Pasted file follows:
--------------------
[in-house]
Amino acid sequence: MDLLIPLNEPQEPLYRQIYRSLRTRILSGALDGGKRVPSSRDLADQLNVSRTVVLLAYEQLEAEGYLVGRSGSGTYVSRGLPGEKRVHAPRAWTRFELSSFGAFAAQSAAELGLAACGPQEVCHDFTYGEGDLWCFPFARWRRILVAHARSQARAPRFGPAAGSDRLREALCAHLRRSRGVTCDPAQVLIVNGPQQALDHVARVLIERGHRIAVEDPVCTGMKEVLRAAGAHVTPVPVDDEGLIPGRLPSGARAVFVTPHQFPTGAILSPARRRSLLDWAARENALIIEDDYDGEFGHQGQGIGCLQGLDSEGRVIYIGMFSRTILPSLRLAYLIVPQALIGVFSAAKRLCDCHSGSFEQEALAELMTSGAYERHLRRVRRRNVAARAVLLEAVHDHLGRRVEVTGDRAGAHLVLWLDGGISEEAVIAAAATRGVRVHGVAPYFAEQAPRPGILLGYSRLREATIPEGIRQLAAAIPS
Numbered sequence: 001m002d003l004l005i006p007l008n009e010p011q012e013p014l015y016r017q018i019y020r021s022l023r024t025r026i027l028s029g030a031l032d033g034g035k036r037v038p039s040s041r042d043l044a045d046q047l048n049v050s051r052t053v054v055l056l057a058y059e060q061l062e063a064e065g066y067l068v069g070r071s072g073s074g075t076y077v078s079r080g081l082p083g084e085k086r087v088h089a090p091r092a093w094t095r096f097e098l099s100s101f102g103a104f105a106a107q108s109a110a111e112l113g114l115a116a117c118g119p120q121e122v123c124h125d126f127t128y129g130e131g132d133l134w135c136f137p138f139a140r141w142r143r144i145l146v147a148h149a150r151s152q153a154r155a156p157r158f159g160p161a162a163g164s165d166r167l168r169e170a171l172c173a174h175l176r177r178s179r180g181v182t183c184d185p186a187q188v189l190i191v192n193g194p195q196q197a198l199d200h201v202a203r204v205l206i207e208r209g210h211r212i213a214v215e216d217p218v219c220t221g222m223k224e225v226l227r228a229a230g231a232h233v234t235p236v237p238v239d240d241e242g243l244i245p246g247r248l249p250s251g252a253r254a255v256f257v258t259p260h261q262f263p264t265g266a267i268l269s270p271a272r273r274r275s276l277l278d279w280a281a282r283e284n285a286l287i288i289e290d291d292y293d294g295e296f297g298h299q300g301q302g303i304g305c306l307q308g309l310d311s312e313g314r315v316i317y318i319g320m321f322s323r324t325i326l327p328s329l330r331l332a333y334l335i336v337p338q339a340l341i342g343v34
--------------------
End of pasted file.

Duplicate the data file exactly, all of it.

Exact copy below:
[in-house]
Amino acid sequence: MDLLIPLNEPQEPLYRQIYRSLRTRILSGALDGGKRVPSSRDLADQLNVSRTVVLLAYEQLEAEGYLVGRSGSGTYVSRGLPGEKRVHAPRAWTRFELSSFGAFAAQSAAELGLAACGPQEVCHDFTYGEGDLWCFPFARWRRILVAHARSQARAPRFGPAAGSDRLREALCAHLRRSRGVTCDPAQVLIVNGPQQALDHVARVLIERGHRIAVEDPVCTGMKEVLRAAGAHVTPVPVDDEGLIPGRLPSGARAVFVTPHQFPTGAILSPARRRSLLDWAARENALIIEDDYDGEFGHQGQGIGCLQGLDSEGRVIYIGMFSRTILPSLRLAYLIVPQALIGVFSAAKRLCDCHSGSFEQEALAELMTSGAYERHLRRVRRRNVAARAVLLEAVHDHLGRRVEVTGDRAGAHLVLWLDGGISEEAVIAAAATRGVRVHGVAPYFAEQAPRPGILLGYSRLREATIPEGIRQLAAAIPS
Numbered sequence: 001m002d003l004l005i006p007l008n009e010p011q012e013p014l015y016r017q018i019y020r021s022l023r024t025r026i027l028s029g030a031l032d033g034g035k036r037v038p039s040s041r042d043l044a045d046q047l048n049v050s051r052t053v054v055l056l057a058y059e060q061l062e063a064e065g066y067l068v069g070r071s072g073s074g075t076y077v078s079r080g081l082p083g084e085k086r087v088h089a090p091r092a093w094t095r096f097e098l099s100s101f102g103a104f105a106a107q108s109a110a111e112l113g114l115a116a117c118g119p120q121e122v123c124h125d126f127t128y129g130e131g132d133l134w135c136f137p138f139a140r141w142r143r144i145l146v147a148h149a150r151s152q153a154r155a156p157r158f159g160p161a162a163g164s165d166r167l168r169e170a171l172c173a174h175l176r177r178s179r180g181v182t183c184d185p186a187q188v189l190i191v192n193g194p195q196q197a198l199d200h201v202a203r204v205l206i207e208r209g210h211r212i213a214v215e216d217p218v219c220t221g222m223k224e225v226l227r228a229a230g231a232h233v234t235p236v237p238v239d240d241e242g243l244i245p246g247r248l249p250s251g252a253r254a255v256f257v258t259p260h261q262f263p264t265g266a267i268l269s270p271a272r273r274r275s276l277l278d279w280a281a282r283e284n285a286l287i288i289e290d291d292y293d294g295e296f297g298h299q300g301q302g303i304g305c306l307q308g309l310d311s312e313g314r315v316i317y318i319g320m321f322s323r324t325i326l327p328s329l330r331l332a333y334l335i336v337p338q339a340l341i342g343v34